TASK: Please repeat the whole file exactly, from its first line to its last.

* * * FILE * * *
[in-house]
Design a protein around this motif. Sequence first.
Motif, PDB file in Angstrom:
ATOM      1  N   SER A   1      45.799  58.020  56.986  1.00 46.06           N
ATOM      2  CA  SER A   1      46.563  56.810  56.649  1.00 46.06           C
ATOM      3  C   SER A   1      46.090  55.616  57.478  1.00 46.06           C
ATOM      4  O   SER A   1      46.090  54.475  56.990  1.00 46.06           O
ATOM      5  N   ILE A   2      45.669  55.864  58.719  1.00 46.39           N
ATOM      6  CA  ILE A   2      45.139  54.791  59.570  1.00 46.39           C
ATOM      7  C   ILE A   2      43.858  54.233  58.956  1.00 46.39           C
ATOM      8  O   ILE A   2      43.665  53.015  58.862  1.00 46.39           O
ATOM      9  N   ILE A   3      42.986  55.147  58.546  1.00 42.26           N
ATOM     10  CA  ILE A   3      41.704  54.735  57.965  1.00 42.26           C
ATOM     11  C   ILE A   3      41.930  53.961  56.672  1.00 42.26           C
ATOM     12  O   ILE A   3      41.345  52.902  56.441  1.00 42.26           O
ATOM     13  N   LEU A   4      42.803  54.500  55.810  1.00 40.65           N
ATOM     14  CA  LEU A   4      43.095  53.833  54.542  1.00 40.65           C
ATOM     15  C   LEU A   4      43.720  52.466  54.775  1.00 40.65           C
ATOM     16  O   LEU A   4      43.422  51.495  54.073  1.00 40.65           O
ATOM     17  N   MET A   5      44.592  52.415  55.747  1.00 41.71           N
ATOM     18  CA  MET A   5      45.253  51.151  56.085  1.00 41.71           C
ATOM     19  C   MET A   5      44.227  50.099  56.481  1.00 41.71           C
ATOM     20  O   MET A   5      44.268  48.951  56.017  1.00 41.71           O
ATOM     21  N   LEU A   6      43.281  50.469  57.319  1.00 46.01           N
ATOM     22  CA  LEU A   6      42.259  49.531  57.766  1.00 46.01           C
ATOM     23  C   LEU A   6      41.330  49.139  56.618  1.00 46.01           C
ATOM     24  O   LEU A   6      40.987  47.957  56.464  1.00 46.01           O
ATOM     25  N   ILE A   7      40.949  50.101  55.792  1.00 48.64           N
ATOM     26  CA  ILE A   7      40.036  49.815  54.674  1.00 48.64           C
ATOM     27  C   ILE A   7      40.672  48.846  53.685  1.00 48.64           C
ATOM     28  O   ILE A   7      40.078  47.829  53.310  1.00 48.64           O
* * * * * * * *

[in-house]
Design a protein around this motif. Sequence first.
Motif, PDB file in Angstrom:
ATOM      1  N   SER A   1      45.799  58.020  56.986  1.00 46.06           N
ATOM      2  CA  SER A   1      46.563  56.810  56.649  1.00 46.06           C
ATOM      3  C   SER A   1      46.090  55.616  57.478  1.00 46.06           C
ATOM      4  O   SER A   1      46.090  54.475  56.990  1.00 46.06           O
ATOM      5  N   ILE A   2      45.669  55.864  58.719  1.00 46.39           N
ATOM      6  CA  ILE A   2      45.139  54.791  59.570  1.00 46.39           C
ATOM      7  C   ILE A   2      43.858  54.233  58.956  1.00 46.39           C
ATOM      8  O   ILE A   2      43.665  53.015  58.862  1.00 46.39           O
ATOM      9  N   ILE A   3      42.986  55.147  58.546  1.00 42.26           N
ATOM     10  CA  ILE A   3      41.704  54.735  57.965  1.00 42.26           C
ATOM     11  C   ILE A   3      41.930  53.961  56.672  1.00 42.26           C
ATOM     12  O   ILE A   3      41.345  52.902  56.441  1.00 42.26           O
ATOM     13  N   LEU A   4      42.803  54.500  55.810  1.00 40.65           N
ATOM     14  CA  LEU A   4      43.095  53.833  54.542  1.00 40.65           C
ATOM     15  C   LEU A   4      43.720  52.466  54.775  1.00 40.65           C
ATOM     16  O   LEU A   4      43.422  51.495  54.073  1.00 40.65           O
ATOM     17  N   MET A   5      44.592  52.415  55.747  1.00 41.71           N
ATOM     18  CA  MET A   5      45.253  51.151  56.085  1.00 41.71           C
ATOM     19  C   MET A   5      44.227  50.099  56.481  1.00 41.71           C
ATOM     20  O   MET A   5      44.268  48.951  56.017  1.00 41.71           O
ATOM     21  N   LEU A   6      43.281  50.469  57.319  1.00 46.01           N
ATOM     22  CA  LEU A   6      42.259  49.531  57.766  1.00 46.01           C
ATOM     23  C   LEU A   6      41.330  49.139  56.618  1.00 46.01           C
ATOM     24  O   LEU A   6      40.987  47.957  56.464  1.00 46.01           O
ATOM     25  N   ILE A   7      40.949  50.101  55.792  1.00 48.64           N
ATOM     26  CA  ILE A   7      40.036  49.815  54.674  1.00 48.64           C
ATOM     27  C   ILE A   7      40.672  48.846  53.685  1.00 48.64           C
ATOM     28  O   ILE A   7      40.078  47.829  53.310  1.00 48.64           O